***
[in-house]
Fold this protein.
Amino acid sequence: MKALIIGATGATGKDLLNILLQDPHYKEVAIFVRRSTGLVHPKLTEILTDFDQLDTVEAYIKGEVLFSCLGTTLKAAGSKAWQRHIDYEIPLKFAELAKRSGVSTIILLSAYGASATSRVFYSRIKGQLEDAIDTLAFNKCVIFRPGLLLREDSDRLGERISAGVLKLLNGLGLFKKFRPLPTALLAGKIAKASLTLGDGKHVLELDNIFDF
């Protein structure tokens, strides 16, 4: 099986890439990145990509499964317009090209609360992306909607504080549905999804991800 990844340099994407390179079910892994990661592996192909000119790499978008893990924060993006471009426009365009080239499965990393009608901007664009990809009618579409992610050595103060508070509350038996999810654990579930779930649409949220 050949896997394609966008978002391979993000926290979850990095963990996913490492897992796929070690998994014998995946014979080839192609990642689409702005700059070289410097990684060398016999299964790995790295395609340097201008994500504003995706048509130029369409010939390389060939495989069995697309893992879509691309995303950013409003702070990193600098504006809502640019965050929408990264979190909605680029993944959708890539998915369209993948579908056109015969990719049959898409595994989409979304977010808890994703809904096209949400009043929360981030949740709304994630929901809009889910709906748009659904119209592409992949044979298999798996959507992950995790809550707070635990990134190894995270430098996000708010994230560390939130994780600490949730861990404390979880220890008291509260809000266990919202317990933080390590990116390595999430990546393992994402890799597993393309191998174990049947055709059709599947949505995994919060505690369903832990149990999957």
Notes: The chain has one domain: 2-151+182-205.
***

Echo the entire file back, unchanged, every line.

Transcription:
[in-house]
Fold this protein.
Amino acid sequence: MKALIIGATGATGKDLLNILLQDPHYKEVAIFVRRSTGLVHPKLTEILTDFDQLDTVEAYIKGEVLFSCLGTTLKAAGSKAWQRHIDYEIPLKFAELAKRSGVSTIILLSAYGASATSRVFYSRIKGQLEDAIDTLAFNKCVIFRPGLLLREDSDRLGERISAGVLKLLNGLGLFKKFRPLPTALLAGKIAKASLTLGDGKHVLELDNIFDF
């Protein structure tokens, strides 16, 4: 099986890439990145990509499964317009090209609360992306909607504080549905999804991800 990844340099994407390179079910892994990661592996192909000119790499978008893990924060993006471009426009365009080239499965990393009608901007664009990809009618579409992610050595103060508070509350038996999810654990579930779930649409949220 050949896997394609966008978002391979993000926290979850990095963990996913490492897992796929070690998994014998995946014979080839192609990642689409702005700059070289410097990684060398016999299964790995790295395609340097201008994500504003995706048509130029369409010939390389060939495989069995697309893992879509691309995303950013409003702070990193600098504006809502640019965050929408990264979190909605680029993944959708890539998915369209993948579908056109015969990719049959898409595994989409979304977010808890994703809904096209949400009043929360981030949740709304994630929901809009889910709906748009659904119209592409992949044979298999798996959507992950995790809550707070635990990134190894995270430098996000708010994230560390939130994780600490949730861990404390979880220890008291509260809000266990919202317990933080390590990116390595999430990546393992994402890799597993393309191998174990049947055709059709599947949505995994919060505690369903832990149990999957």
Notes: The chain has one domain: 2-151+182-205.